She is still wheelchair bound, but gets therapy at school, and after school, and these folks are amazing. She is working hard, but smiles almost 24hrs a day. Hardly ever cries, and loves to pull her legs up to her face and around her head! Gumby baby! She still rolls around on the floor, not crawling yet, but I think things just need to wire up topside and then we'll be running to catch her!

She is jabbering up a storm. No words, but seems like she wants to talk. Therapists are going to work on trying to develop a sign language with her so she can communicate with others while they continue to work on her speech development. They are angels! The other day, she started laughing. Not a surprise, as she has been laughing more & more recently, but no joke, she laughed ALL DAY! I wish I'd a taped it. It was incredible! I guess some wires in the laughter department finally wired up together...

So that's pretty much a quick & dirty update as to the family & our beloved Peanut! Oh by the way, did I forgot to mention that I have a SUPER SPECIAL ANNOUNCEMENT to make.

But maybe I'll save that for a day or two, so if anyone's interested, they can read through this world record post!

Stay tuned for a special announcement! I now return you to your regularly scheduled programming

And here's the fantastic news that Rob was talking about:

On July 26, at 9am in Sacramento, CA, Peanut will be officially adopted by Robert and Katrina..

We pray & request your presence that you would stand with us in witness, as we finalize the adoption of our new daughter: Antonia Theodora Catherine

For those of you who are new to the story of love and faith and Peanut:


Every Day Hero BONUS

B*N*S*N(with a great Peanut video.)

That is just a few of the posts on Peanut, but one of my favourites? From September 2009:

Wednesday, September 23, 2009

Peanut is HOME

Update from Don:

...Peanut is home where she belongs......with Rob and Kat. She arrived last Friday afternoon and I was there to meet her as were Rob's parents.

She is doing quite well and seems to know that she is finally where she is loved. She is a big hit with the three dogs of the house, even Gus the Beagle who had not met her before. In fact he either sits or lies at her feet watching over her. Animals just seem to know don't they.

Rob and Kat are working out the kinks and getting her settled into her new home. She will be going to work with Rob until they get a home nurse in place. They came home from Sacramento with a truck full of equipment and medical and feeding supplies to tide her over......

Anyway a dream has been realized and prayers have been answered and our little girl is with the people that love her so very much....


Anyway a dream has been realized and prayers have been answered and our little girl is with the people that love her so very much....

That right there is testimony to the power of prayer and love, and I couldn't be more thrilled. I won't be at the official legal adoption ceremony next week in person, but I most surely will be there in spirit, as always cheering on this most amazing child and the family who loves her unconditionally..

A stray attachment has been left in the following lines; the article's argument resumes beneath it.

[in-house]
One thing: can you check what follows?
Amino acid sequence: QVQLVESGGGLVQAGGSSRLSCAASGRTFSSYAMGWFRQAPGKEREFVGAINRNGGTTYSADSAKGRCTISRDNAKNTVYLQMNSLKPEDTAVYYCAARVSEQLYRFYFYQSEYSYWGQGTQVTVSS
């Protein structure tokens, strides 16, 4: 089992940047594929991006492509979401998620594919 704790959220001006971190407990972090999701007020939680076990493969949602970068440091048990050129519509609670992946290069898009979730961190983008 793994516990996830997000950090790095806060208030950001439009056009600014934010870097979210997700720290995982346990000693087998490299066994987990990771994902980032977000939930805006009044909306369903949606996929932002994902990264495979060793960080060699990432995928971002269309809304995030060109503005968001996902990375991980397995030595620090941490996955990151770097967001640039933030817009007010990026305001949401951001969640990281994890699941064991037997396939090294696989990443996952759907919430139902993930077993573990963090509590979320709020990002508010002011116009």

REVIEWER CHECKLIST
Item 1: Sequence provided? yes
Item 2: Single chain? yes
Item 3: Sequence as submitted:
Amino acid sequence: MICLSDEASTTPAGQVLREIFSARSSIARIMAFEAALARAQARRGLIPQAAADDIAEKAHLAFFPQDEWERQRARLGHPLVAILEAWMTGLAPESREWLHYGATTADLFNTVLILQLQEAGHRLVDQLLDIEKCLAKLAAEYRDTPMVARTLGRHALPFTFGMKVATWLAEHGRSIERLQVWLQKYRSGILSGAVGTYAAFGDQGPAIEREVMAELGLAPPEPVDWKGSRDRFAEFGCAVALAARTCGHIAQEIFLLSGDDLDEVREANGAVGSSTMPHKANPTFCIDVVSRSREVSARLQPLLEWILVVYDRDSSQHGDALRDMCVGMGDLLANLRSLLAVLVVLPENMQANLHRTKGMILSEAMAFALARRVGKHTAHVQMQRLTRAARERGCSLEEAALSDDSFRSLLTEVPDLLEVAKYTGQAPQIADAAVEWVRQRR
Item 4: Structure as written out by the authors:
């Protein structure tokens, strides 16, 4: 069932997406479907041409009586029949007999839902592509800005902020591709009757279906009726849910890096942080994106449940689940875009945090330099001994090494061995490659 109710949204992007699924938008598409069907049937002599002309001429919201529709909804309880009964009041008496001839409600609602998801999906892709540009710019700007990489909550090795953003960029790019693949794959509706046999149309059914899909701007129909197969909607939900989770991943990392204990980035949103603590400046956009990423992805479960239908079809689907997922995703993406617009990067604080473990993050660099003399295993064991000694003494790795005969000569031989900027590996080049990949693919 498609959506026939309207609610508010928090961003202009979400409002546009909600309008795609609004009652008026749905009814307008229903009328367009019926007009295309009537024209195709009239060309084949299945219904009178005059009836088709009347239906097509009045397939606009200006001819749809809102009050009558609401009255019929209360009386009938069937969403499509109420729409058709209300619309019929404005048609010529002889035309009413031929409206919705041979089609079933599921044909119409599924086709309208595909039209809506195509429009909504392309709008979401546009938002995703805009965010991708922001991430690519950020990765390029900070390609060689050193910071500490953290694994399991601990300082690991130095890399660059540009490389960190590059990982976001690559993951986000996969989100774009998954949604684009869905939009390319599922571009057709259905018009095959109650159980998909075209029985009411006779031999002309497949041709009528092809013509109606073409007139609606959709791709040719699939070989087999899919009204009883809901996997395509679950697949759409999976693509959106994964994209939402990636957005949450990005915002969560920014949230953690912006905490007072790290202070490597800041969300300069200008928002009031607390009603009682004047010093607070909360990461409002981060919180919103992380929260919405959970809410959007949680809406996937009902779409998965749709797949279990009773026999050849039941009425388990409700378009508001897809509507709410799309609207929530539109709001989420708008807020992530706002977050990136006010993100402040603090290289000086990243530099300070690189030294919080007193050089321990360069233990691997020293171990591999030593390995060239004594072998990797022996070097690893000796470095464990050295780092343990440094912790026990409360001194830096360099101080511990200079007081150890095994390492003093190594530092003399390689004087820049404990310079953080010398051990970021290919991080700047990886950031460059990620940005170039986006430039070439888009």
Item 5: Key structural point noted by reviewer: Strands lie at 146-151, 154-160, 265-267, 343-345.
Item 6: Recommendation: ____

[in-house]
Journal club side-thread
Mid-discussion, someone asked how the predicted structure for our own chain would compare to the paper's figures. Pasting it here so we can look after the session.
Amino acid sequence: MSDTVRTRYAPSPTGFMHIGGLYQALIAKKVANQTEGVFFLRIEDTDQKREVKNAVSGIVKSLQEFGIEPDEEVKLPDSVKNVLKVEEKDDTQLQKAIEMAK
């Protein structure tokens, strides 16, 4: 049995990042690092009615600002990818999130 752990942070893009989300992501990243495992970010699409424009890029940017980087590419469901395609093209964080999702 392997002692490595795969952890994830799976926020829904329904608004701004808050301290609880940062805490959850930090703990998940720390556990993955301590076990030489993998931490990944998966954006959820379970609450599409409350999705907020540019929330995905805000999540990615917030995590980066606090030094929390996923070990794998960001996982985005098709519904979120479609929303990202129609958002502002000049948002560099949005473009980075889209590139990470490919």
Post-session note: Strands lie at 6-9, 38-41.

Keep on flying, Peanut. FLY!

BHO and officials on DADT - and an UNofficial response

From War on Terror News yesterday:

Obama Certifies Military Ready for ‘Don’t Ask’ Repeal

By Jim Garamone
American Forces Press Service

WASHINGTON, July 22, 2011 – Based on recommendations from military leaders, President Barack Obama has certified to Congress that the U.S. armed forces are prepared for repeal of the “Don’t Ask, Don’t Tell” law.

There is a 60-day waiting period before the repeal goes into effect, so the law will officially come off the books Sept. 20. After that date, gay service members can be open about their sexual orientation.

The president signed the certification and delivered it to Congress today.

Congress passed the repeal law in December. The legislation gave the military time to prepare the force and said repeal would happen only after the president, the defense secretary and the chairman of the Joint Chiefs of Staff certified the force as ready for repeal.

The Defense Department chartered a repeal implementation team to coordinate the necessary changes to policy and regulations, and to provide education and training to service members....

At WOTN here, you'll find the rest of the official responses, including Adm. Mike Mullen's Statement and Secretary Panetta’s Statement.

What you will not find is a public response from any of the boots on the ground; you know, the troops that will be most affected by any policy change. However, I was given permission to share with you what a US Military Senior NCO has to say. Unofficially, of course! Read on:

DADT Repeal "Certified"

The greatest lie perpetrated on the American people and our troops was presented to Congress today.

"The President, the chairman of the Joint Chiefs of Staff, and I have certified that the implementation of repeal of 'Don't Ask, Don't Tell' is consistent with the standards of military readiness, military effectiveness, unit cohesion, and recruiting and retention of the armed forces. This certification decision was carefully made after receiving input from the service chiefs, service secretaries and from all the combatant commanders, who stated their views that the force is prepared for this change," said newly appointed Secretary of Defense Leon Panetta today in a statement.